How Japanese American Blogger Amy Kimoto-Kahn Honors Her Cultural Heritage Through Food 

In this Q&A, we speak with Amy Kimoto-Kahn, a Japanese American blogger, personal chef, and author of two cookbooks, Simply Ramen and The Asian Hot Pot Cookbook, about her cultural heritage and the family food traditions that she holds dear. We delve into her love for Japanese cuisine and how she passes down her food culture to her children, while also exploring the impact of her family’s internment during WWII on her identity and appreciation for resilience and perseverance in the Japanese community in the United States. 


First things first, could you tell us a bit about yourself? 

I’m a wife, a mom of three kids, a personal chef and author of two cookbooks. I love to travel with my husband and family, try new places to eat and visit farmers’ markets wherever we go. Food is always at the center of our adventures. I’m also an avid fisherwoman, a pretty good pianist, and I love to host parties.    


The AAPI community is so large and diverse, and we want to shine a light on the ways different cultures have developed in the United States. Can you share a bit about your cultural heritage? 

Our cultural heritage stems from a strong family unit where you respect your elders, you place great importance on education and hard work as a measure of success and you value food, its presentation and use of seasonal ingredients in everyday life whether it be for a casual family meal or more formal.   

Being a fourth-generation Japanese American means that my family has been living in the United States for four generations. Although this seems like my cultural heritage with Japan might be diluted, our Japanese traditions and culture were carried throughout the generations. It is alarming though, that even though we have been in the US for so long, that my parents and their families were interned in concentration camps during WWII for suspicion of being spies. I consider myself American first but very strongly rooted in my Japanese culture.   


What do you think defines Japanese cuisine?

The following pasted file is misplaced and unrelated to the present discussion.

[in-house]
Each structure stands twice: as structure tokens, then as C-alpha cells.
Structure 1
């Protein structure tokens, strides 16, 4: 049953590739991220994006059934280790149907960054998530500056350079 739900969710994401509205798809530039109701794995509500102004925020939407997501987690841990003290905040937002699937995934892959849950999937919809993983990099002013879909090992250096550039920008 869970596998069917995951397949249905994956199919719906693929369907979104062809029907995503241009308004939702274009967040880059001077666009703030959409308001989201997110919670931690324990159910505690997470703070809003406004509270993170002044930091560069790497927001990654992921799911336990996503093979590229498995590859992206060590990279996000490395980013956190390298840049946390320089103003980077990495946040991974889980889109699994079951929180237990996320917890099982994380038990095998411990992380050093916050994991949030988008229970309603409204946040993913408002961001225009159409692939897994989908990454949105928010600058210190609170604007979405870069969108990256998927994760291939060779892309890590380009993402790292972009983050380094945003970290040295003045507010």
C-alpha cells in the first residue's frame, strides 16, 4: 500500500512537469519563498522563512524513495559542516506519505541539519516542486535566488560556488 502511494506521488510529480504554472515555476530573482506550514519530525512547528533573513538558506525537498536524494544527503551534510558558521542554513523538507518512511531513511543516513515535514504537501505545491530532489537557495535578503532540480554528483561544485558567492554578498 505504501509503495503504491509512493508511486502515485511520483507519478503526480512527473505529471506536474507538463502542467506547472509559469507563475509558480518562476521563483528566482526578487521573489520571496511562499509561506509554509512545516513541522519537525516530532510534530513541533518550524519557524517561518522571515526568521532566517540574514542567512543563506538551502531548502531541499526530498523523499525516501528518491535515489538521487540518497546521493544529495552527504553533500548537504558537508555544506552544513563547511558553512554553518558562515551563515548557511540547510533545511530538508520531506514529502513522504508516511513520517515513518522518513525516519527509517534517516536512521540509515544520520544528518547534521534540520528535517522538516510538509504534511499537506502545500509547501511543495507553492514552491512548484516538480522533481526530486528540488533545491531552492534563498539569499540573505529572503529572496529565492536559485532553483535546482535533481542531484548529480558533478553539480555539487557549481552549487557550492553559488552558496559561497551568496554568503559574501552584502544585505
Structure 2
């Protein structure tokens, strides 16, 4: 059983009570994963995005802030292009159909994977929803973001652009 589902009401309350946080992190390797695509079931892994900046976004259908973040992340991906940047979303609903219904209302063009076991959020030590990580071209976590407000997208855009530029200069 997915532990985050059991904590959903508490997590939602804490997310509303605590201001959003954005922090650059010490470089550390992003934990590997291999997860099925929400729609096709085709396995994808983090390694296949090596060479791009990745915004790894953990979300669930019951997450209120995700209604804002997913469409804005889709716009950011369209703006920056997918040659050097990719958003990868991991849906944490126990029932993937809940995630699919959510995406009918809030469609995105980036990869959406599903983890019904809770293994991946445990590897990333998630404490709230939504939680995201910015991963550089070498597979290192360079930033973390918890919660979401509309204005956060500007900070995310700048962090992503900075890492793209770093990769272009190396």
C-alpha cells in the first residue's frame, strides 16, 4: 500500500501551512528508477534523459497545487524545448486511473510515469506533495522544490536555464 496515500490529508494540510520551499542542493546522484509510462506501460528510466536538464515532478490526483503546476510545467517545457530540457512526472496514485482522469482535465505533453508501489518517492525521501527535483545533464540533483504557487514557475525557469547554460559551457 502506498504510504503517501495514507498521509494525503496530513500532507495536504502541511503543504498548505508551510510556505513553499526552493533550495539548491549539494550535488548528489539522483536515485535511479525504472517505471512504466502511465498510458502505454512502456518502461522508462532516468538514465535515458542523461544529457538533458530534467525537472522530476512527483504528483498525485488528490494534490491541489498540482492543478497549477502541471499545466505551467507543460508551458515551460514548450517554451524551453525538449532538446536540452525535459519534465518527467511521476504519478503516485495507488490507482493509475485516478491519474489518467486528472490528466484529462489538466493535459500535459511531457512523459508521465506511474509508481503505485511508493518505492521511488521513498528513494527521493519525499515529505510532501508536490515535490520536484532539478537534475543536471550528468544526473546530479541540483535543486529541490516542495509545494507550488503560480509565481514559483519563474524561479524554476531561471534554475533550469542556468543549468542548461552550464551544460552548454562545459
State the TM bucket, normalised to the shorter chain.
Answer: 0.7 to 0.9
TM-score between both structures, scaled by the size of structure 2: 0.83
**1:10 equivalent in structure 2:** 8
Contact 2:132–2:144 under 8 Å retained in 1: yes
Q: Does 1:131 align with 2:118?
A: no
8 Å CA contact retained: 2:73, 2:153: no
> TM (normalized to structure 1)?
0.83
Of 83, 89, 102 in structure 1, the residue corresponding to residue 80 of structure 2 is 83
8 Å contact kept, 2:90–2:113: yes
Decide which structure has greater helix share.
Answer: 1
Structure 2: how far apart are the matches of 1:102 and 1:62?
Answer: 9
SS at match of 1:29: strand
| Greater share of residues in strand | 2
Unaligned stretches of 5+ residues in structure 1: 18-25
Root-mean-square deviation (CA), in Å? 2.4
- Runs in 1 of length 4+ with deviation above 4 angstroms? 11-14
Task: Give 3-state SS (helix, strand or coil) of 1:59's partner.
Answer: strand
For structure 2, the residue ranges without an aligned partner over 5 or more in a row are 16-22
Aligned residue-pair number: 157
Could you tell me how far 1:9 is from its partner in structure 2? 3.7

Japan’s cuisine is beautifully varied by its landscape, climate, and seasons. Served best in its pure form with minimal seasoning or sauces. Western culture is familiar with traditional Japanese dishes like sushi, ramen, tempura, teriyaki, sukiyaki, and hibachi, but the diversity of food originating from many of the smaller prefectures is what makes Japanese food so colorful and interesting. Dishes like okonomiyaki (a pancake made with thinly sliced cabbage, flour, and eggs mixed with seafood or meat) or other types of noodle dishes like soba and udon, both made with buckwheat flour, are becoming more well known, which is nice to see.  


What are some meaningful cultural traditions of your family? 

We celebrate Japanese holidays where food is the centerpiece, like Japanese New Year’s. We make traditional dishes like sushi, sashimi, kamaboko (fish cakes), kuromame (sweetened black soybeans), kinpira gobo (simmered burdock root), kurikinton (sweet potato and chestnut) and osechi (boiled seaweed).  We make fresh mochi every Christmas with my entire family and always have Ozoni soup on New Year’s Day. My mom always taught me to cook with my senses, making every meal not only look visually appealing but taste delicious as well. 


How do you pass down your culture and customs to your children? 

I try to continue to celebrate the Japanese holidays with my children and make sure they participate in things like mochi making, learning the Japanese terms for different foods, trying all types of Japanese food, having them be my guinea pigs for many of my recipes for my cookbooks and having them help me in the kitchen to learn more about Japanese food preparation. We do visit the Buddhist temple in Los Angeles where my father has a memorial, so they are familiar with Buddhist chanting and the traditions that go along with honoring those who have passed.    


How did you come to appreciate your own culture while growing up in the United States? 

My mom cooked Japanese food quite often and we always had steamy, fluffy Japanese rice in a rice cooker at the ready – whether it was spaghetti and meatballs or chicken teriyaki, we always had rice on the side. My parents continued to celebrate some of the Japanese holidays with us like Boys and Girls Day and Japanese New Year’s. My late father was Buddhist, so we often went to festivals that celebrated Japanese culture, music and food. Growing up, my mom had a group of Japanese women friends that called themselves “The Dames”. These were my nonblood related “aunties” and they were the Martha Stewarts of their time. They hosted elaborate gourmet evenings and when my mom hosted, my siblings and I helped prepare, serve and clean. 

The reason why my mom formed her own group of Japanese women (“The Dames”) was because after the war, she was not allowed to join a sorority when she attended USC. I think it’s wonderful that out of adversity, they were able to make their own club that taught me so much and allowed them to pass on their legacy of cooking and hosting with the rest of the world in their cookbook and through their children. It was an embarrassing time in U.S. history, but it has taught my family the meaning of resilience, hard work, ambition, persistence, perseverance and pride in our culture for handling racism with such grace. 

This is where I learned all about Japanese cooking as well as how to be an elegant host. They have their own cookbook that is sold at the Japan American Museum in Los Angeles and was my inspiration to also have my own cookbook.